These differentially expressed proteins were clustered into nine distinct groups (Bins 0 to 8) through k-means clustering. Whereas the expression of proteins in Bin0 and Bin5 was up-regulated after weaning, that of proteins in Bin1 and Bin3 was down-regulated. We also used the Web Gene Ontology (WEGO) program to analyze GO enrichment of Up proteins and Down proteins, and selected GO terms that were significantly (P < 0.05) different between those two kinds of protein (Fig. 2). For the ontology type of Cellular Component, the percent of proteins related to the cytosol and nucleus was significantly greater in the Up group while the percent of proteins related to the vesicle, ribosome, endoplasmic reticulum, and mitochondrion was significantly higher in the Down group. For the ontology type of Molecular Function, the Up group had a significantly higher percent of proteins related to ion binding and peptidase activity but a significantly lower percent of proteins involved in nucleoside binding, transporter activity, structural constituents of the ribosome, acid anhydride hydrolase activity, and oxidoreductase activity. For the ontology type of Biological Process, the percent of proteins related to pigment biosynthesis, cellular response to stress, response to oxidative stress, cell cycle, protein catabolism, cellular amino acid metabolism, protein maturation, pyridine metabolism, and amine metabolism was significantly higher in the Up group while the percent of proteins involved in intracellular protein transport, cellular macromolecular complex submit organization, transmembrane transport, Golgi vesicle transport, oxidation reduction, lipid metabolism, fatty acid metabolism, energy derivation by oxidation of organic compounds, oxidative phosphorylation, nucleotide catabolism, and translation was significantly higher in the Down group.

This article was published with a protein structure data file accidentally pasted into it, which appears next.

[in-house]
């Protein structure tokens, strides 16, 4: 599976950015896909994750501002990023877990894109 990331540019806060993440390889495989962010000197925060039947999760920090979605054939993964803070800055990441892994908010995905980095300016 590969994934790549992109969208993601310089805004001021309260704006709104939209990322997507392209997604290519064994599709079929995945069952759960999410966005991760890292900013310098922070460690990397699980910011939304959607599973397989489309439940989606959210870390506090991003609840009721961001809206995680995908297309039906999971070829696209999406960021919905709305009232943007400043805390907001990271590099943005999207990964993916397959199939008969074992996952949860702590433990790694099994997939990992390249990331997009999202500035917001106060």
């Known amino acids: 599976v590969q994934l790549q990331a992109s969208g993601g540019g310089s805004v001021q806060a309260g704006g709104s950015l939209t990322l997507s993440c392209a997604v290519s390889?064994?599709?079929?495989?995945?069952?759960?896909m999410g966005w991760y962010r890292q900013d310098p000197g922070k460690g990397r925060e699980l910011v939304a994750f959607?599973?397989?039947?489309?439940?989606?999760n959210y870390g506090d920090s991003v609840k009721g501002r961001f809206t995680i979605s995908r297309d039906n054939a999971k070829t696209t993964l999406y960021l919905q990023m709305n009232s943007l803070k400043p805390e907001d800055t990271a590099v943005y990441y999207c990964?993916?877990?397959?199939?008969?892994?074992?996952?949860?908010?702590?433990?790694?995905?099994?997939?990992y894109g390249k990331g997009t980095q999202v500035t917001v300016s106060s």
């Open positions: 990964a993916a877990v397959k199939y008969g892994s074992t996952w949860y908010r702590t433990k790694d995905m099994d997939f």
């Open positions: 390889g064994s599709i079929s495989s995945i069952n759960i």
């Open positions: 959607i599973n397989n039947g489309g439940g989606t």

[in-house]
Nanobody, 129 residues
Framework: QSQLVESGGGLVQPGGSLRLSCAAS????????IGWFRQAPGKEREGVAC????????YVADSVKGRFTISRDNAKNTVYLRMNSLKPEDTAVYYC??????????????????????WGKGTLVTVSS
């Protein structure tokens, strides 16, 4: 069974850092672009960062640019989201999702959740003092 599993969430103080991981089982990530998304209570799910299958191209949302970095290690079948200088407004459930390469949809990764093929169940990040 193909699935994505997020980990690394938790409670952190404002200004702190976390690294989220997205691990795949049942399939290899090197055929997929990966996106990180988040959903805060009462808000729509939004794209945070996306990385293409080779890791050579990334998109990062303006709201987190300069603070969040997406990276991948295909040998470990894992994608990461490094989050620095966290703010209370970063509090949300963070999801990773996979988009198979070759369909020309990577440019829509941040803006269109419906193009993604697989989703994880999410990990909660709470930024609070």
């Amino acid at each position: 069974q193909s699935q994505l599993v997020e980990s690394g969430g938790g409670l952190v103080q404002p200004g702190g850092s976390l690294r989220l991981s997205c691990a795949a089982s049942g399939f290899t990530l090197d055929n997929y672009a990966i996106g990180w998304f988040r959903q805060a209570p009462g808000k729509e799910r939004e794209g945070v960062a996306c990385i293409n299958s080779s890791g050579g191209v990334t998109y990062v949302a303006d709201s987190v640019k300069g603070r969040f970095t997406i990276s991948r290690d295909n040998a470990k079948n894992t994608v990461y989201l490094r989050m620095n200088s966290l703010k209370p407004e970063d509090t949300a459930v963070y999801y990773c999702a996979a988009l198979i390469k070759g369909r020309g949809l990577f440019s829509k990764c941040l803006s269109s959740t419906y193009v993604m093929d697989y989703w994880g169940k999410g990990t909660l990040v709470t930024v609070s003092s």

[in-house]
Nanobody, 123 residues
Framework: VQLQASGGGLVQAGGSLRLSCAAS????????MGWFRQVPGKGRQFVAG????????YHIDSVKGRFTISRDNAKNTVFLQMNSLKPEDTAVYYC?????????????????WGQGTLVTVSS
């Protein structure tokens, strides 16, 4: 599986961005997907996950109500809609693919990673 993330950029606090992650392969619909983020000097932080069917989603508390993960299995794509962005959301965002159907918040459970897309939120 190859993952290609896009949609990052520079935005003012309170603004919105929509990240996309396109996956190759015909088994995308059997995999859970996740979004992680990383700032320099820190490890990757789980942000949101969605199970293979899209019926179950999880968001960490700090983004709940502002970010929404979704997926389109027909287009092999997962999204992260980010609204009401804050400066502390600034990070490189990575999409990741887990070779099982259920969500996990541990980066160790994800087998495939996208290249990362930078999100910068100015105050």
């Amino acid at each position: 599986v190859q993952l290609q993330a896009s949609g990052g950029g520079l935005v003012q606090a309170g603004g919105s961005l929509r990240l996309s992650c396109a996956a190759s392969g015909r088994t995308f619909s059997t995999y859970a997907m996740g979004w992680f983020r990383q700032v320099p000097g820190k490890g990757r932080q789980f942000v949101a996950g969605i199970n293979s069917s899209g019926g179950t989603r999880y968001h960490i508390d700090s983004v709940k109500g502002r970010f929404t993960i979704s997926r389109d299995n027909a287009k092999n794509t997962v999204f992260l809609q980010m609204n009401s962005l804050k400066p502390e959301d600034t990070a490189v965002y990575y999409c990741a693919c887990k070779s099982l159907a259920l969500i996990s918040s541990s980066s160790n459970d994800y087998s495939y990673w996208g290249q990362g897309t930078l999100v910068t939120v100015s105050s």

Golgi vesicle transport, cellular macromolecular complex subunit organization, and cellular macromolecule localization